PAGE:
I got up in the morning and got ready to go see Joe. Then I went to the hotel lobby to have breakfast, but the lobby was small and there were way too many people and my anxiety kicked in soI decided to just check out and eat somewhere else even if it was not complimentary. I haven’t been to see Joe in over a month. Since I haven’t really been working a steady job, my income is a little more sporadic and solely based on any odd jobs I can pick up while I’m not attempting to write (which is another subject I’ll fill you in on later), so I haven’t been able to go see him as religiously as I was. Not to mention I have traveled a bit and, quite honestly, sometimes seeing him like that is more than I can bear. It’s been a little over ten months since he was beaten into a coma. It’s been a little over 9 months since he woke up unable to walk, talk, feed himself, use the bathroom or make any voluntary movements. Every time I go to the prison hospital to see him, I’m heartbroken all over again to see this man who, even though he had a hard time making good decisions, was so full of life and now he’s basically dead. He’d be better off dead than the so-called life he is living now. Apparently in prison, if you can’t clean your room, then it doesn’t get clean. And the nurses have a hard time cleaning up after themselves. He is tube fed, so he has a bag of liquid nutrition hanging on a hook above his bed. It spilled on the floor months ago. It has since dried up and is now a part of the room. There was gauze and plastic cone looking caps strewn about the floor. Also, when I got in to see him, he was soiled. He wears an adult diaper and still has a catheter.  The guard who processed me in didn’t call to tell them I was coming so when I walked in and he was shit and laying on a bed with no sheets and looked and smelled like he hadn’t been bathed in days, I wanted to scream.  Who wouldn’t want to scream to see their loved one in that shape? But I can’t say anything because the visit that I get is a “special” visit and can be taken away at their discretion. Since I’m not family, I don’t have any right anyway. So I called the nurse in and of course she’s just as nice as can be and all, “hello, Mr. Bennett,” and just “shocked” that he is soiled. I don’t get to see him until 10:30, which means they have all morning to check on him and likely don’t. When I asked why he didn’t have any sheets on the bed, she said they don’t have fitted sheets and he kicks off the flat sheets. Maybe that’s true. I didn’t bother to ask why his hair hadn’t been washed or why his hospital gown was caked up with mucus from the hole in his throat every time he coughs. I didn’t bother to ask if she noticed that the whole left side of his gown was wet from sweat and drool and that his hand that is contractured and pulled up by his face was raisin-ed from the moisture as if he’d been laying in a bathtub all day. I didn’t bother to ask, because I don’t want to lose my visits. I just watched her change his diaper and then I watched her take a sterile gauze out of the pack to replace the one behind his feeding tube with the same gloves on that she just used to clean his dirty ass with. I’m no nurse, nor have I ever worked in the medical field, but I’m pretty sure that nixed the sterility of the gauze. Either way, I was relieved when she left and I got a wash rag and used hot water from the sink to wash him up the best I could and powder the creases in his arm that he likes to keep close to him. I checked him for bed sores and only found one where I could see.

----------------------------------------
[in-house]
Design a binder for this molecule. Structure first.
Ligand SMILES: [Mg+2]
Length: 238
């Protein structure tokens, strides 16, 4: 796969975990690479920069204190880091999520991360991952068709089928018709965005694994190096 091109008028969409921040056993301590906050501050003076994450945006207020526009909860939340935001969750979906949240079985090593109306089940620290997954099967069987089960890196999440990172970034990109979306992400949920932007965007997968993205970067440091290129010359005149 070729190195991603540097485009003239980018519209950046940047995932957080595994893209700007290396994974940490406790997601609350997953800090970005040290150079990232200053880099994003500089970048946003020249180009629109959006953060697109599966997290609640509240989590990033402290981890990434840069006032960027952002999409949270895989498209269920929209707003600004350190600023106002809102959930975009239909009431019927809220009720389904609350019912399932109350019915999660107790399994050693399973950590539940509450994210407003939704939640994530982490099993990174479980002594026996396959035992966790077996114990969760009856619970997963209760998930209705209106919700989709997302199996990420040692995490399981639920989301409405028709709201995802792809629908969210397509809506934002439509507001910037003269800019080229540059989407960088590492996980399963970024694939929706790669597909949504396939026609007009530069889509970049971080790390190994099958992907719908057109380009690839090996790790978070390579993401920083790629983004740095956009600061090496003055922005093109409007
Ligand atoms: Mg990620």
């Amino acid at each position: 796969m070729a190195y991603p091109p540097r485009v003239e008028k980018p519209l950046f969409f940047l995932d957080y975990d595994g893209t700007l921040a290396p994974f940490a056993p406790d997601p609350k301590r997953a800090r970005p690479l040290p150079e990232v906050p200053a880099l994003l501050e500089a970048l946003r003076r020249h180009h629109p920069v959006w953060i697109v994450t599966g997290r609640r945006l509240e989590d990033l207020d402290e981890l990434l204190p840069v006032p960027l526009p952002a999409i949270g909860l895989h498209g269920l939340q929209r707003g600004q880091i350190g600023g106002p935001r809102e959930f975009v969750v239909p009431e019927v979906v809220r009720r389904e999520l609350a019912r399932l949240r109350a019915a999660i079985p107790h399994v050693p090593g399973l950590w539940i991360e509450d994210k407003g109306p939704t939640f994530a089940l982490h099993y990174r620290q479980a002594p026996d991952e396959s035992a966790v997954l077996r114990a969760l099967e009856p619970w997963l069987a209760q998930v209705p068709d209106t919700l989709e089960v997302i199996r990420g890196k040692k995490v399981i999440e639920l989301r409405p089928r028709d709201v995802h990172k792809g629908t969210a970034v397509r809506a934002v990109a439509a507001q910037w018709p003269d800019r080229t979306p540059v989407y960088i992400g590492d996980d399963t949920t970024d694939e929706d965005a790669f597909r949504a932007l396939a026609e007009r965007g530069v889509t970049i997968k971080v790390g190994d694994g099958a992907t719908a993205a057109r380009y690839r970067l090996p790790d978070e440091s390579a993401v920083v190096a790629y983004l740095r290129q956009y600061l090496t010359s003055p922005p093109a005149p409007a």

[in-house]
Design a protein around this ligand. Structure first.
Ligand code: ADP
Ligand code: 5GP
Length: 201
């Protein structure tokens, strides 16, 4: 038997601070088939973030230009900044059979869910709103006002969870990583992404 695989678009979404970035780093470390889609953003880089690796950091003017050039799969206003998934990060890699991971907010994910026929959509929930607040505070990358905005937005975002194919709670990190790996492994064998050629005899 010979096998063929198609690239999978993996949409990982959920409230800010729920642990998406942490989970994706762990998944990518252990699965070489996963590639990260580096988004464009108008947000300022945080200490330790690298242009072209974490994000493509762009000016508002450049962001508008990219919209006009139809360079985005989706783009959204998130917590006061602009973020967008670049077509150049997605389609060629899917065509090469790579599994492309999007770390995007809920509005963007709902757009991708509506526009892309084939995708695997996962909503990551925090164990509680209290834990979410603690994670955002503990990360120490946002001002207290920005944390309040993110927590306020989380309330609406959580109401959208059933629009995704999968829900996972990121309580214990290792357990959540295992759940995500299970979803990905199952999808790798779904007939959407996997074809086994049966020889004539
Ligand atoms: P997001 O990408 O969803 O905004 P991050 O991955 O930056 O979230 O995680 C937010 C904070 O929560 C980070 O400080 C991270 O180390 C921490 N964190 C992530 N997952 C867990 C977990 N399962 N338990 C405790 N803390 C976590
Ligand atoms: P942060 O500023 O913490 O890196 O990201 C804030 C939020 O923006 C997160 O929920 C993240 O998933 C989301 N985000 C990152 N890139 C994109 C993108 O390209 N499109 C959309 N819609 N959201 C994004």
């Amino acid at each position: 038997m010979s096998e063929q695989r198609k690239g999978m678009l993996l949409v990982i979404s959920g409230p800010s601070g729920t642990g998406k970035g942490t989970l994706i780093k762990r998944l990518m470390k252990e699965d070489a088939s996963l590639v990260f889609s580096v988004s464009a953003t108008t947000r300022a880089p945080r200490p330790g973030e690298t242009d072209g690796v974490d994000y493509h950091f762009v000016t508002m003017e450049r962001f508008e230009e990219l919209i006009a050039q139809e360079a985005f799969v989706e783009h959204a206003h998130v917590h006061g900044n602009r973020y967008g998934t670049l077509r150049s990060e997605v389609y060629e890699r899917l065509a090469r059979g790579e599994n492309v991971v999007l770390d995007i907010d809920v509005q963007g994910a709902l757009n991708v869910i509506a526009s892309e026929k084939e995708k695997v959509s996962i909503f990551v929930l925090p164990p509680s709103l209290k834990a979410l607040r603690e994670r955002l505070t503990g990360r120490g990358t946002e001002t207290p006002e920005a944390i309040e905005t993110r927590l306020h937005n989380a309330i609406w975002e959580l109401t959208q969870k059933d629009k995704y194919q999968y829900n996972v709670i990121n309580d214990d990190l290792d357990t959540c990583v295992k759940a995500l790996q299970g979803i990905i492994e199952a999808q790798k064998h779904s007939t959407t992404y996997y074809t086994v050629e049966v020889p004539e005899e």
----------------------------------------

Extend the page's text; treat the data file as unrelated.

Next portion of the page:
I’m hoping his furlough will be approved soon, but I’m fairly certain that it won’t be until the statute of limitations runs out in August for Core Civic and TDOC to be sued for neglect and a whole list of other things. No human should have to live the way he is living right now, if it could even be called that.

Leave a Reply

Fill in your details below or click an icon to log in:

WordPress.com Logo

You are commenting using your WordPress.com account. Log Out /  Change )

Facebook photo

You are commenting using your Facebook account. Log Out /  Change )

Connecting to %s